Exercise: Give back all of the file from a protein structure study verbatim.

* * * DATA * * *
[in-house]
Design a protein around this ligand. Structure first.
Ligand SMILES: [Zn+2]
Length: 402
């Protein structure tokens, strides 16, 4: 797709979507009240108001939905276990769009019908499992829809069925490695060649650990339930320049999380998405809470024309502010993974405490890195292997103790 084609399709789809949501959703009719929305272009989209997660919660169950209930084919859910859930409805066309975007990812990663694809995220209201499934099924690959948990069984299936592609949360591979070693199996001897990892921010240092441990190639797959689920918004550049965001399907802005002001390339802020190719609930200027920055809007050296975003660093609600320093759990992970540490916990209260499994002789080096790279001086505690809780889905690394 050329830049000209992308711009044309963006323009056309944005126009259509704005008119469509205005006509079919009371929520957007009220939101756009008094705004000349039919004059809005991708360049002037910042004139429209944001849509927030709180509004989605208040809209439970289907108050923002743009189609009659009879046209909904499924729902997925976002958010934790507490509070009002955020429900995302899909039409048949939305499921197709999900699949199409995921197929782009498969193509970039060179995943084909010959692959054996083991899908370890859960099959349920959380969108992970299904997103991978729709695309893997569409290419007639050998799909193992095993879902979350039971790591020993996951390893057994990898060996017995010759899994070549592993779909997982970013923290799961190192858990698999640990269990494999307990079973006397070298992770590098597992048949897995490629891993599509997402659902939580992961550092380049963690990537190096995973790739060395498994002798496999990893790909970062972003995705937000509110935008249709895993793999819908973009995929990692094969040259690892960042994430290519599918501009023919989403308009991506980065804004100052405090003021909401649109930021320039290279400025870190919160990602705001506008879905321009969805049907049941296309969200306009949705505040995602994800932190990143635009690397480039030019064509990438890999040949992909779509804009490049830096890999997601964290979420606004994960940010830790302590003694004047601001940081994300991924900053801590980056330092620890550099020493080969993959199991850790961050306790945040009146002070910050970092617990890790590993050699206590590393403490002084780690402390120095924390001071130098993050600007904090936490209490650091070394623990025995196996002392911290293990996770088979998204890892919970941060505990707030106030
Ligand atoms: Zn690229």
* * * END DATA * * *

[in-house]
Design a protein around this ligand. Structure first.
Ligand SMILES: [Zn+2]
Length: 402
């Protein structure tokens, strides 16, 4: 797709979507009240108001939905276990769009019908499992829809069925490695060649650990339930320049999380998405809470024309502010993974405490890195292997103790 084609399709789809949501959703009719929305272009989209997660919660169950209930084919859910859930409805066309975007990812990663694809995220209201499934099924690959948990069984299936592609949360591979070693199996001897990892921010240092441990190639797959689920918004550049965001399907802005002001390339802020190719609930200027920055809007050296975003660093609600320093759990992970540490916990209260499994002789080096790279001086505690809780889905690394 050329830049000209992308711009044309963006323009056309944005126009259509704005008119469509205005006509079919009371929520957007009220939101756009008094705004000349039919004059809005991708360049002037910042004139429209944001849509927030709180509004989605208040809209439970289907108050923002743009189609009659009879046209909904499924729902997925976002958010934790507490509070009002955020429900995302899909039409048949939305499921197709999900699949199409995921197929782009498969193509970039060179995943084909010959692959054996083991899908370890859960099959349920959380969108992970299904997103991978729709695309893997569409290419007639050998799909193992095993879902979350039971790591020993996951390893057994990898060996017995010759899994070549592993779909997982970013923290799961190192858990698999640990269990494999307990079973006397070298992770590098597992048949897995490629891993599509997402659902939580992961550092380049963690990537190096995973790739060395498994002798496999990893790909970062972003995705937000509110935008249709895993793999819908973009995929990692094969040259690892960042994430290519599918501009023919989403308009991506980065804004100052405090003021909401649109930021320039290279400025870190919160990602705001506008879905321009969805049907049941296309969200306009949705505040995602994800932190990143635009690397480039030019064509990438890999040949992909779509804009490049830096890999997601964290979420606004994960940010830790302590003694004047601001940081994300991924900053801590980056330092620890550099020493080969993959199991850790961050306790945040009146002070910050970092617990890790590993050699206590590393403490002084780690402390120095924390001071130098993050600007904090936490209490650091070394623990025995196996002392911290293990996770088979998204890892919970941060505990707030106030
Ligand atoms: Zn690229």